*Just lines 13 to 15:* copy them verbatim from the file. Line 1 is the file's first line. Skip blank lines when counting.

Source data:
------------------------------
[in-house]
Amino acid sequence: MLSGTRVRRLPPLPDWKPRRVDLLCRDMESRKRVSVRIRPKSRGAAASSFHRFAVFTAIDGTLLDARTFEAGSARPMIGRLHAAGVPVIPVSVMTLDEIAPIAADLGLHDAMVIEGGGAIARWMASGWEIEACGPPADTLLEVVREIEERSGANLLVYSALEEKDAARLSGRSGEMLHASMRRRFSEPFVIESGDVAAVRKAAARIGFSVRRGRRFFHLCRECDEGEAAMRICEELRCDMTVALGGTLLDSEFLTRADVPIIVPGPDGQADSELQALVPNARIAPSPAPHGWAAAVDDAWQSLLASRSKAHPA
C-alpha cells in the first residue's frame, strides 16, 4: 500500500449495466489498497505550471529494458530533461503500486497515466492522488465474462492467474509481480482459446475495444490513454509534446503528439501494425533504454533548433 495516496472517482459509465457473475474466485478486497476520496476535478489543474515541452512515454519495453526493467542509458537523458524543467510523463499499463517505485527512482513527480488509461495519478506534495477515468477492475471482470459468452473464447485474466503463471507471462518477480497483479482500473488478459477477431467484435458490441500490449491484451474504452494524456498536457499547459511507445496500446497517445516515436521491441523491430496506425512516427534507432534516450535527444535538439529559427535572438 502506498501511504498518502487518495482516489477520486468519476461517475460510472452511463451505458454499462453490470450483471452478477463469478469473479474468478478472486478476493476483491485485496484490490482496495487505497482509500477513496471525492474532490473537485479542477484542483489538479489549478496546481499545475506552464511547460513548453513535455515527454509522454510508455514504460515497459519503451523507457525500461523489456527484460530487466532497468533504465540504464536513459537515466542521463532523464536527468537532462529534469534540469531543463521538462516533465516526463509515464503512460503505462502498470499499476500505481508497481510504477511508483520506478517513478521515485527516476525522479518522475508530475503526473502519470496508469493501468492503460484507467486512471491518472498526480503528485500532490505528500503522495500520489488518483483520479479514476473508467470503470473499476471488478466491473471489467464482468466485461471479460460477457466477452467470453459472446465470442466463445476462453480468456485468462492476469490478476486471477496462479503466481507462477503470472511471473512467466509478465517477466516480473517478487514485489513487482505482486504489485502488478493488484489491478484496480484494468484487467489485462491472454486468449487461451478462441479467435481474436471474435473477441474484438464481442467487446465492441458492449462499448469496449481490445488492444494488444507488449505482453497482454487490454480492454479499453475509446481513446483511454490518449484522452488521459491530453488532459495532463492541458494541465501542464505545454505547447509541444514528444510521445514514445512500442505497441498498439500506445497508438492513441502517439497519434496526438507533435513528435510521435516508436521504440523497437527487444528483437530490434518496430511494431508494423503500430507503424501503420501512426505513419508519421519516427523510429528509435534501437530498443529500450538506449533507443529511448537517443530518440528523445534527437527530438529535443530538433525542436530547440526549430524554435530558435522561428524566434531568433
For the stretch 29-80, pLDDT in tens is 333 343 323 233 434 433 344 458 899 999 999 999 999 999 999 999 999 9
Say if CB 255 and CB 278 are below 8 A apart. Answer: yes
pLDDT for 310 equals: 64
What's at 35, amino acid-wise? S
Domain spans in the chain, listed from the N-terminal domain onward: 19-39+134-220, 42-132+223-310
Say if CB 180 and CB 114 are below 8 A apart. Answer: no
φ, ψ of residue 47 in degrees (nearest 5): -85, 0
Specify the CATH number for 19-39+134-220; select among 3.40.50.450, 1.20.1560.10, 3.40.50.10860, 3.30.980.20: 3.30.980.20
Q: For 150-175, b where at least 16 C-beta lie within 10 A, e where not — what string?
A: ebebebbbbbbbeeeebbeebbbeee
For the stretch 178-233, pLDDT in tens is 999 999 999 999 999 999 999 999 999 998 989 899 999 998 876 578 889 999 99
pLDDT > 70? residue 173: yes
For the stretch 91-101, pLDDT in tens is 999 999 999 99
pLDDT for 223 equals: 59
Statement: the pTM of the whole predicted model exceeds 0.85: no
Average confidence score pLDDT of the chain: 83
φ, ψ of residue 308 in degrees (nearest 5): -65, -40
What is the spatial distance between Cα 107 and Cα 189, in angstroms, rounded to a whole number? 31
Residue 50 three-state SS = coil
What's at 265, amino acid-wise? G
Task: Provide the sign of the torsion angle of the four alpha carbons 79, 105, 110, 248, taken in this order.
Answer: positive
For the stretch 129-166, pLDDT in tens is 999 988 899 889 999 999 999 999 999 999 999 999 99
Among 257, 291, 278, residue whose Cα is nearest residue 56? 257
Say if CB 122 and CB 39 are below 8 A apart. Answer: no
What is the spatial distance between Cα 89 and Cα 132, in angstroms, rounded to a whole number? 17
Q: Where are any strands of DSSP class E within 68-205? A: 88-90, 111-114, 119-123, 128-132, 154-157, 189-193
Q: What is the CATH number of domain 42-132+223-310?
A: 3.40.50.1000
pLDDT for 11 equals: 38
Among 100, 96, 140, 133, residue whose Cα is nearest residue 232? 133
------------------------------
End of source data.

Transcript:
A: ebebebbbbbbbeeeebbeebbbeee
For the stretch 178-233, pLDDT in tens is 999 999 999 999 999 999 999 999 999 998 989 899 999 998 876 578 889 999 99
pLDDT > 70? residue 173: yes